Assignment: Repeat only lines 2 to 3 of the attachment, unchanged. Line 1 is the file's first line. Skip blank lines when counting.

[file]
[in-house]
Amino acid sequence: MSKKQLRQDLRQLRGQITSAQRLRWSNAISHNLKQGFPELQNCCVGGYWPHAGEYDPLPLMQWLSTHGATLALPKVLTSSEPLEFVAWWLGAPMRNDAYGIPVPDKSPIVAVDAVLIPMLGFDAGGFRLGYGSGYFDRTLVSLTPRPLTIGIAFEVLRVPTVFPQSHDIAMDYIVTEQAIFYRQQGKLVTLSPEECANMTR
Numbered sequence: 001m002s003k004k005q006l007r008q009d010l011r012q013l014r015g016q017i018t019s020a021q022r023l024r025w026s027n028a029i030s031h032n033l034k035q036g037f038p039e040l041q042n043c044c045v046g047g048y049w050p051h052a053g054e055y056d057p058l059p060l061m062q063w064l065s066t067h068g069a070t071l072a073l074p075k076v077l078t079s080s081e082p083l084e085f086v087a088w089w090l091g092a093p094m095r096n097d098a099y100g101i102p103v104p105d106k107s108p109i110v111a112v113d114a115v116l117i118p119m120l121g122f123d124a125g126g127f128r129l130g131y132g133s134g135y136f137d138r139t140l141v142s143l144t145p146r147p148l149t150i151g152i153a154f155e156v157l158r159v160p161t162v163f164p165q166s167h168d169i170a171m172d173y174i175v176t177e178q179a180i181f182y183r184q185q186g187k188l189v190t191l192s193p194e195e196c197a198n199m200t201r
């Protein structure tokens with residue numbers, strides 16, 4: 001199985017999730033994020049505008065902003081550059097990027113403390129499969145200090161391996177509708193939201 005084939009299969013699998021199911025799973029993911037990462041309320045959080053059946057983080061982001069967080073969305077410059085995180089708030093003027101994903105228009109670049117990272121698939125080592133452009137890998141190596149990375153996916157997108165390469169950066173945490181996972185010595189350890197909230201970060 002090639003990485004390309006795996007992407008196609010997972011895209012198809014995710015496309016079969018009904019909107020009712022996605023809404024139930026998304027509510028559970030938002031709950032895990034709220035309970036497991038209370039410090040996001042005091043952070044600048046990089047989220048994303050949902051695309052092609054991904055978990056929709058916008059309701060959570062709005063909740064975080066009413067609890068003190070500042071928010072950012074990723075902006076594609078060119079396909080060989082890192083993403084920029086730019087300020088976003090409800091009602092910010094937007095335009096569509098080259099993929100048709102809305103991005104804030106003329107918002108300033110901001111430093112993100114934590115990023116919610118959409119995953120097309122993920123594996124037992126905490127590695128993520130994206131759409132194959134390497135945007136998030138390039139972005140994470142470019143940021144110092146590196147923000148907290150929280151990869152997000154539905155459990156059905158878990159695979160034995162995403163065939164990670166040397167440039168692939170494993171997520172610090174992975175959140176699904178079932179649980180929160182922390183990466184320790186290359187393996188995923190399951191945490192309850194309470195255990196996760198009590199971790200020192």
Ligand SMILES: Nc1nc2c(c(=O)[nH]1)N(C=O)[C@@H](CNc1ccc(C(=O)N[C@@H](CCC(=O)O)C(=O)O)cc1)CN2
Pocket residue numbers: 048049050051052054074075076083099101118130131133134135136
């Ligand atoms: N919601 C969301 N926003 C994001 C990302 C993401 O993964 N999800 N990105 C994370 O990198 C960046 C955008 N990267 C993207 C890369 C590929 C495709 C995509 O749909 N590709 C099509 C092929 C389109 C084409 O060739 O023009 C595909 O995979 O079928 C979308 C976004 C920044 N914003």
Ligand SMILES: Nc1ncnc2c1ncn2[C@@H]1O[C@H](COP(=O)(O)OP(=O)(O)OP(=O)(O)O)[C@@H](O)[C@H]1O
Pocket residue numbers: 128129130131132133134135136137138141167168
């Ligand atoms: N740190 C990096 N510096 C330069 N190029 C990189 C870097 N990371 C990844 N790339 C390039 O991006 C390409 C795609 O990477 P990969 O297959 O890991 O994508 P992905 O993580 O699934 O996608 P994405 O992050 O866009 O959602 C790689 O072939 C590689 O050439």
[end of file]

Amino acid sequence: MSKKQLRQDLRQLRGQITSAQRLRWSNAISHNLKQGFPELQNCCVGGYWPHAGEYDPLPLMQWLSTHGATLALPKVLTSSEPLEFVAWWLGAPMRNDAYGIPVPDKSPIVAVDAVLIPMLGFDAGGFRLGYGSGYFDRTLVSLTPRPLTIGIAFEVLRVPTVFPQSHDIAMDYIVTEQAIFYRQQGKLVTLSPEECANMTR
Numbered sequence: 001m002s003k004k005q006l007r008q009d010l011r012q013l014r015g016q017i018t019s020a021q022r023l024r025w026s027n028a029i030s031h032n033l034k035q036g037f038p039e040l041q042n043c044c045v046g047g048y049w050p051h052a053g054e055y056d057p058l059p060l061m062q063w064l065s066t067h068g069a070t071l072a073l074p075k076v077l078t079s080s081e082p083l084e085f086v087a088w089w090l091g092a093p094m095r096n097d098a099y100g101i102p103v104p105d106k107s108p109i110v111a112v113d114a115v116l117i118p119m120l121g122f123d124a125g126g127f128r129l130g131y132g133s134g135y136f137d138r139t140l141v142s143l144t145p146r147p148l149t150i151g152i153a154f155e156v157l158r159v160p161t162v163f164p165q166s167h168d169i170a171m172d173y174i175v176t177e178q179a180i181f182y183r184q185q186g187k188l189v190t191l192s193p194e195e196c197a198n199m200t201r